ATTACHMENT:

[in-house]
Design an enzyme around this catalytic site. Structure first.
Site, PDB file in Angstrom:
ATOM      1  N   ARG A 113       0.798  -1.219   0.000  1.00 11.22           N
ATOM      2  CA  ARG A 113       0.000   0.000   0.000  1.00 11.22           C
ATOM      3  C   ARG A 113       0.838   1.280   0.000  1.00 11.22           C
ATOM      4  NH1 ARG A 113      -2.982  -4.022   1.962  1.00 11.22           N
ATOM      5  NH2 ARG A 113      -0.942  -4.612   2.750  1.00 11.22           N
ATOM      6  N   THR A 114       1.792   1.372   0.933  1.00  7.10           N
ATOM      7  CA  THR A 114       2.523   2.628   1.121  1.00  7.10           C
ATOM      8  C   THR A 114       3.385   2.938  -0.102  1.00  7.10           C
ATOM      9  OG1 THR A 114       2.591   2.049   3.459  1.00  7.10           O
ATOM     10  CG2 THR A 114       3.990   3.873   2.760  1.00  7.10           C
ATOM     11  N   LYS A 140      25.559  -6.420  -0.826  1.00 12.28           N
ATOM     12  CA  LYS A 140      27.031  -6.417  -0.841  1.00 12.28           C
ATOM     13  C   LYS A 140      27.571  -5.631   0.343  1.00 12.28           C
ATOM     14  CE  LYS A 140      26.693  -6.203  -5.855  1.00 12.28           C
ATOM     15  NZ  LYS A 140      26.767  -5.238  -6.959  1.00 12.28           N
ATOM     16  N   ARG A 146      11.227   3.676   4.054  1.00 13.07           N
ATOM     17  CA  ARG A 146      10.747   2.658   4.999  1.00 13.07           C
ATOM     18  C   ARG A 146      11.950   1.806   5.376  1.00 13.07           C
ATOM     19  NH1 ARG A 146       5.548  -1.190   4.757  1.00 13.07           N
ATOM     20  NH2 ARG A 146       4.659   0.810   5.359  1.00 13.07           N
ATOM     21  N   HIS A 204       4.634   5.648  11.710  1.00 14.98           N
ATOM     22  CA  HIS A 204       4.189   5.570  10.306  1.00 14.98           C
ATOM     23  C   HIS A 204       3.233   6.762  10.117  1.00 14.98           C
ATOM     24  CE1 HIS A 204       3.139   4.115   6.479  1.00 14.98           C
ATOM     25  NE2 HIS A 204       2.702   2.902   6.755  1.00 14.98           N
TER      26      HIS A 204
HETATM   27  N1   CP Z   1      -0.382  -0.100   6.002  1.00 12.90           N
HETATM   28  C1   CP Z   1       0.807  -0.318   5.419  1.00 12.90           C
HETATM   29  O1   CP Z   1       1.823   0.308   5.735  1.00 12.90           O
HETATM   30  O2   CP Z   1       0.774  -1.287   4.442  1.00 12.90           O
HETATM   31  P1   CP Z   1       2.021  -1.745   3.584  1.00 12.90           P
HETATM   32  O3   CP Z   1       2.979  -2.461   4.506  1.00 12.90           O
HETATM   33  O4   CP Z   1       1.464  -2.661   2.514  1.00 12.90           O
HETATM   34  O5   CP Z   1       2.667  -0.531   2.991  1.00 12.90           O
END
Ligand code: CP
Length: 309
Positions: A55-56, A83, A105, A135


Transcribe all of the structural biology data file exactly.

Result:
[in-house]
Design an enzyme around this catalytic site. Structure first.
Site, PDB file in Angstrom:
ATOM      1  N   ARG A 113       0.798  -1.219   0.000  1.00 11.22           N
ATOM      2  CA  ARG A 113       0.000   0.000   0.000  1.00 11.22           C
ATOM      3  C   ARG A 113       0.838   1.280   0.000  1.00 11.22           C
ATOM      4  NH1 ARG A 113      -2.982  -4.022   1.962  1.00 11.22           N
ATOM      5  NH2 ARG A 113      -0.942  -4.612   2.750  1.00 11.22           N
ATOM      6  N   THR A 114       1.792   1.372   0.933  1.00  7.10           N
ATOM      7  CA  THR A 114       2.523   2.628   1.121  1.00  7.10           C
ATOM      8  C   THR A 114       3.385   2.938  -0.102  1.00  7.10           C
ATOM      9  OG1 THR A 114       2.591   2.049   3.459  1.00  7.10           O
ATOM     10  CG2 THR A 114       3.990   3.873   2.760  1.00  7.10           C
ATOM     11  N   LYS A 140      25.559  -6.420  -0.826  1.00 12.28           N
ATOM     12  CA  LYS A 140      27.031  -6.417  -0.841  1.00 12.28           C
ATOM     13  C   LYS A 140      27.571  -5.631   0.343  1.00 12.28           C
ATOM     14  CE  LYS A 140      26.693  -6.203  -5.855  1.00 12.28           C
ATOM     15  NZ  LYS A 140      26.767  -5.238  -6.959  1.00 12.28           N
ATOM     16  N   ARG A 146      11.227   3.676   4.054  1.00 13.07           N
ATOM     17  CA  ARG A 146      10.747   2.658   4.999  1.00 13.07           C
ATOM     18  C   ARG A 146      11.950   1.806   5.376  1.00 13.07           C
ATOM     19  NH1 ARG A 146       5.548  -1.190   4.757  1.00 13.07           N
ATOM     20  NH2 ARG A 146       4.659   0.810   5.359  1.00 13.07           N
ATOM     21  N   HIS A 204       4.634   5.648  11.710  1.00 14.98           N
ATOM     22  CA  HIS A 204       4.189   5.570  10.306  1.00 14.98           C
ATOM     23  C   HIS A 204       3.233   6.762  10.117  1.00 14.98           C
ATOM     24  CE1 HIS A 204       3.139   4.115   6.479  1.00 14.98           C
ATOM     25  NE2 HIS A 204       2.702   2.902   6.755  1.00 14.98           N
TER      26      HIS A 204
HETATM   27  N1   CP Z   1      -0.382  -0.100   6.002  1.00 12.90           N
HETATM   28  C1   CP Z   1       0.807  -0.318   5.419  1.00 12.90           C
HETATM   29  O1   CP Z   1       1.823   0.308   5.735  1.00 12.90           O
HETATM   30  O2   CP Z   1       0.774  -1.287   4.442  1.00 12.90           O
HETATM   31  P1   CP Z   1       2.021  -1.745   3.584  1.00 12.90           P
HETATM   32  O3   CP Z   1       2.979  -2.461   4.506  1.00 12.90           O
HETATM   33  O4   CP Z   1       1.464  -2.661   2.514  1.00 12.90           O
HETATM   34  O5   CP Z   1       2.667  -0.531   2.991  1.00 12.90           O
END
Ligand code: CP
Length: 309
Positions: A55-56, A83, A105, A135